AT&T Lawyer Grills Star U.S. Witness on Data Tinkering in StudyBy
Shapiro admits he erred in testimony over Time Warner takeover
Estimate of customer loss was increased in study by competitor
The U.S. government’s star witness in the trial over AT&T Inc.’s planned takeover of Time Warner Inc. admitted he erred in earlier testimony about data used to predict that the merger will raise pay-TV prices for consumers by hundreds of millions of dollars a year.
Professor Carl Shapiro of the University of California at Berkeley, whose report forms the backbone of the Justice Department’s lawsuit to block the $85 billion merger, has repeatedly clashed with defense lawyers over the accuracy of the data used to predict the impact of the deal on competitors and customers.
Shapiro, who returned to court Tuesday as the last witness in the trial, was grilled about a data point he said was crucial to his findings and was dramatically contradicted for the second time.
He said a hypothetical blackout of Time Warner’s Turner Broadcasting content at a competing pay-TV service would help AT&T’s DirecTV unit retain at least 10 percent of the customers who otherwise would have considered switching. The prediction is one of many the U.S. has used to claim the merger will give the combined AT&T-Time Warner an unfair advantage.
AT&T and Time Warner claimed the 10 percent figure was the result of last-minute tinkering designed to bolster the government’s case. Shapiro testified earlier in the antitrust trial that the figure -- taken from a consulting firm’s study on behalf of Charter Communications Inc. -- hadn’t been changed.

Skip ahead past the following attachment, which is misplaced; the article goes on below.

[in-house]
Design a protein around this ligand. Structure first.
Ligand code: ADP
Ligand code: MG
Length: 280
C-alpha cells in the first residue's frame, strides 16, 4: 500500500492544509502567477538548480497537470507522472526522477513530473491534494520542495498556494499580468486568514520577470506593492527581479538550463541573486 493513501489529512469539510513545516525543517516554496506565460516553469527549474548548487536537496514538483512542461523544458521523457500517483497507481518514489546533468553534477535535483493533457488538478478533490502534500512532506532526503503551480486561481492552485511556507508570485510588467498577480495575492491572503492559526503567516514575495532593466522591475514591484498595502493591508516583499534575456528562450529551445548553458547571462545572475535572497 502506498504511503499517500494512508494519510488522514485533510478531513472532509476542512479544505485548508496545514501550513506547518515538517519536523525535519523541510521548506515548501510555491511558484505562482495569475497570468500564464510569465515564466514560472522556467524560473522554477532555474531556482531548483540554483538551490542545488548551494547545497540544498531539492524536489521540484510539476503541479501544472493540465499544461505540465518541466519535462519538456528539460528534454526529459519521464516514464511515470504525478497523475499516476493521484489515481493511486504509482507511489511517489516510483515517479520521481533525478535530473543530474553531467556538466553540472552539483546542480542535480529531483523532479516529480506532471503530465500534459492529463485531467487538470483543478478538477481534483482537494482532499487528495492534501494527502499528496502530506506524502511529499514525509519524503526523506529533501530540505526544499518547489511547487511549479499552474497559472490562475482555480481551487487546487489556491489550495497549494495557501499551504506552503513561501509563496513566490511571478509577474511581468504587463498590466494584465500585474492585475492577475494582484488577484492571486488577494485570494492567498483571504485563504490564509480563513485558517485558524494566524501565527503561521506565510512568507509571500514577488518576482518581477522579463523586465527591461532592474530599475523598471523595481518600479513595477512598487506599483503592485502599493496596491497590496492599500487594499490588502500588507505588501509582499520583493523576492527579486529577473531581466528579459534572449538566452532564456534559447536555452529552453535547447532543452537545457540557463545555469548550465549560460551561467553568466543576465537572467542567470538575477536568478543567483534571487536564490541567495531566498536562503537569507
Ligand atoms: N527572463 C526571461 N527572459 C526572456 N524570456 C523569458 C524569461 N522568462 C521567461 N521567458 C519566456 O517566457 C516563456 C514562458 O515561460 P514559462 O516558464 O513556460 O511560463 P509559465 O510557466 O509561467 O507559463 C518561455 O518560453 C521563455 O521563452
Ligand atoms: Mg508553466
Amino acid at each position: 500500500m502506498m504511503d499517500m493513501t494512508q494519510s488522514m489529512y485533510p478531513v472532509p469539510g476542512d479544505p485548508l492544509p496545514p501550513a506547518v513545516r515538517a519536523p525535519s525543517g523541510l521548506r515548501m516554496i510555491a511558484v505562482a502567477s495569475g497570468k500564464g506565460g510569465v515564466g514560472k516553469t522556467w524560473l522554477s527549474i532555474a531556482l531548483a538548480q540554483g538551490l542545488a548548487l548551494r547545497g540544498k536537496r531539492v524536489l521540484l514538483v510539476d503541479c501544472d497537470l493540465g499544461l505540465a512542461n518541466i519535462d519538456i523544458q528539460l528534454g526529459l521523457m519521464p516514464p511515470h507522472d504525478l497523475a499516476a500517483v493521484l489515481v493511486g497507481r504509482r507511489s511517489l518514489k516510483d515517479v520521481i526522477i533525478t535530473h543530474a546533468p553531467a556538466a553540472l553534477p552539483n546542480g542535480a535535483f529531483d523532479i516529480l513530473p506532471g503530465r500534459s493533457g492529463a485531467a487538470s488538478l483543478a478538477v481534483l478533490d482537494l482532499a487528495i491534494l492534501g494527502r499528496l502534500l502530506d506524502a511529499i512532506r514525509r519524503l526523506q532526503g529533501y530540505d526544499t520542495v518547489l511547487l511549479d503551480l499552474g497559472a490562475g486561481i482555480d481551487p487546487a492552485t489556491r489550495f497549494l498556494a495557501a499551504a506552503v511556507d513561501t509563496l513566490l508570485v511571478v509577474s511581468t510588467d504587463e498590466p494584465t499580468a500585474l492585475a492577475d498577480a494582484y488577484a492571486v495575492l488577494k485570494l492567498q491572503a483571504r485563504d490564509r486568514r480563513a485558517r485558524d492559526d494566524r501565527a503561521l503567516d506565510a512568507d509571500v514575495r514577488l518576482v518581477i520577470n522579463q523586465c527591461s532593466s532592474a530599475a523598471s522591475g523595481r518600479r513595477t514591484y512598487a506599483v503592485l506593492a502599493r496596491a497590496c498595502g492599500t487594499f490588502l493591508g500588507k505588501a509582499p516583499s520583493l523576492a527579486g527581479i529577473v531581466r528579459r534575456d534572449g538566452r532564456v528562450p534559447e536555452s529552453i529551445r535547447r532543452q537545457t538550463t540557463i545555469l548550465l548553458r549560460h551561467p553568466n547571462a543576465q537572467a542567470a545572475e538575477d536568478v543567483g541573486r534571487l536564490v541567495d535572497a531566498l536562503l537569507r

But on cross-examination by Daniel Petrocelli, the lead attorney for AT&T and Time Warner, Shapiro was shown evidence that the 10 percent prediction was originally 6 percent, and that the “final” number had been changed just around the time Charter was working with the Justice Department to block the merger.
“Yeah, I made a mistake,” Shapiro said before clashing with Petrocelli on a number of alleged inconsistencies in the data he used. At one point in the exchange, U.S. District Judge Richard Leon interrupted Shapiro’s defense of the data and asked him not to editorialize -- a bad sign for the Justice Department which has already struggled in the case.
Shapiro’s use of the larger 10 percent number led to the conclusion that the AT&T-Time Warner deal would lead to higher prices for consumers. The lower figure would have resulted in no change, which he conceded on the stand. The academic said he stands by his report, noting that the dispute was over the low end of a range of numbers rather one set figure.
Petrocelli also showed Shapiro evidence that he’d used 2016 data in his report, when information from 2017 would have resulted in projections of smaller price increases. Again, Shapiro stood by his decision and said he was being criticized for being “conservative” in his calculations. Shapiro complimented Petrocelli for his “flare” in presenting evidence but said he stood by his calculations.
Lawyers for AT&T and Time Warner have portrayed the study used by Shapiro as unreliable because of an earlier last-minute change in which the predicted number of subscribers who would drop Charter during a blackout of Turner channels such as CNN and TBS was arbitrarily increased to 9 percent from 5 percent after the study was completed. In that case as well, the price increase in Shapiro’s model would have been zero if he’d used the original number.